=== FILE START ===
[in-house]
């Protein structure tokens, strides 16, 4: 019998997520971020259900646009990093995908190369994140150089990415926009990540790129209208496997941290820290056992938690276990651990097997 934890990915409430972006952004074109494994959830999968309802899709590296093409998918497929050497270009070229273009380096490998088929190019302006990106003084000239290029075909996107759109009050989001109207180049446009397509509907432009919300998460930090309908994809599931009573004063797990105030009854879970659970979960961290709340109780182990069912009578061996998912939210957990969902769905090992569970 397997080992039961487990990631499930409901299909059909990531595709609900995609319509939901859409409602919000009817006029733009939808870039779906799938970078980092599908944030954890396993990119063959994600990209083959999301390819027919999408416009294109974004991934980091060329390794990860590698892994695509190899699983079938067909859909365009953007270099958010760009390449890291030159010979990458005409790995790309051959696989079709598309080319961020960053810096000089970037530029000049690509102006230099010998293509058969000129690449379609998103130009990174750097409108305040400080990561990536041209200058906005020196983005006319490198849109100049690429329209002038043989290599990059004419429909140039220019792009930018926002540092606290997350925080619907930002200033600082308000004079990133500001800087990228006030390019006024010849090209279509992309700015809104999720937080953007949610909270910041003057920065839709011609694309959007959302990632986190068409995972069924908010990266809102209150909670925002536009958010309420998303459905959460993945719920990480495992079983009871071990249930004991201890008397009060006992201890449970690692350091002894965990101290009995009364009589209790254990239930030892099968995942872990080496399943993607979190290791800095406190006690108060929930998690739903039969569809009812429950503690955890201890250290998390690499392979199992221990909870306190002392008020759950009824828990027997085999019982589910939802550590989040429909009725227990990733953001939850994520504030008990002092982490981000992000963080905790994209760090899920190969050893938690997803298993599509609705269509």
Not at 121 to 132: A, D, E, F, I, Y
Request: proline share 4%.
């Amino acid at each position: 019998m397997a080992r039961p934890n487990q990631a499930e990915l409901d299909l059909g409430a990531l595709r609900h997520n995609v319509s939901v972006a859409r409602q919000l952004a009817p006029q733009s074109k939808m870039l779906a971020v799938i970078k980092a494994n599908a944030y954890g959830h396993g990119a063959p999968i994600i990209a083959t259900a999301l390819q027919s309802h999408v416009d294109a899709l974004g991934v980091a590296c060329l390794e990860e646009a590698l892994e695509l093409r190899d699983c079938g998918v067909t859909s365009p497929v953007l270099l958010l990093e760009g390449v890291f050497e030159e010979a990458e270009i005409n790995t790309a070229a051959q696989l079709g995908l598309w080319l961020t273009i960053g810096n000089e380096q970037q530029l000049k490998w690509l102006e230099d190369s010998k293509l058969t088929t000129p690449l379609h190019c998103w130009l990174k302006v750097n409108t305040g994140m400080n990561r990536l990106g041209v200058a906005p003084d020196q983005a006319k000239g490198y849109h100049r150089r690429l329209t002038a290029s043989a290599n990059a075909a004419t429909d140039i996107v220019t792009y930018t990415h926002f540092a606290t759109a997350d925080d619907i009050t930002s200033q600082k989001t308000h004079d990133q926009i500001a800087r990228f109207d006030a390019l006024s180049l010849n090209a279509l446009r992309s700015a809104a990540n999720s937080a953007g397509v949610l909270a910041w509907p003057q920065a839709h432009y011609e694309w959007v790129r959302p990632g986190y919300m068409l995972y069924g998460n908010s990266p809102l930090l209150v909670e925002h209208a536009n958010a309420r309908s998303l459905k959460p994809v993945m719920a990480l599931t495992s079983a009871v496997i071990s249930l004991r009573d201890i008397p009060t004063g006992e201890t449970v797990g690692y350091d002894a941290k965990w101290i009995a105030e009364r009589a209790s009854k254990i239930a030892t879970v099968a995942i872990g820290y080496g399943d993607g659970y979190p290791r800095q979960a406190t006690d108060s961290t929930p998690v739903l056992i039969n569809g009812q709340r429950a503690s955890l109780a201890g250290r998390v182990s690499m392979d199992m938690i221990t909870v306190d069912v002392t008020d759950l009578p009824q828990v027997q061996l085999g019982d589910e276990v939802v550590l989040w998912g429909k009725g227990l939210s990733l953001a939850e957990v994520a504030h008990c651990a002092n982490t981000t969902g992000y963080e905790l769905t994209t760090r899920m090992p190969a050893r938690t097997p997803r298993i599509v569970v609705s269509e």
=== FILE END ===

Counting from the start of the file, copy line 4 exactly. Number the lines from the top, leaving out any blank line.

Request: proline share 4%.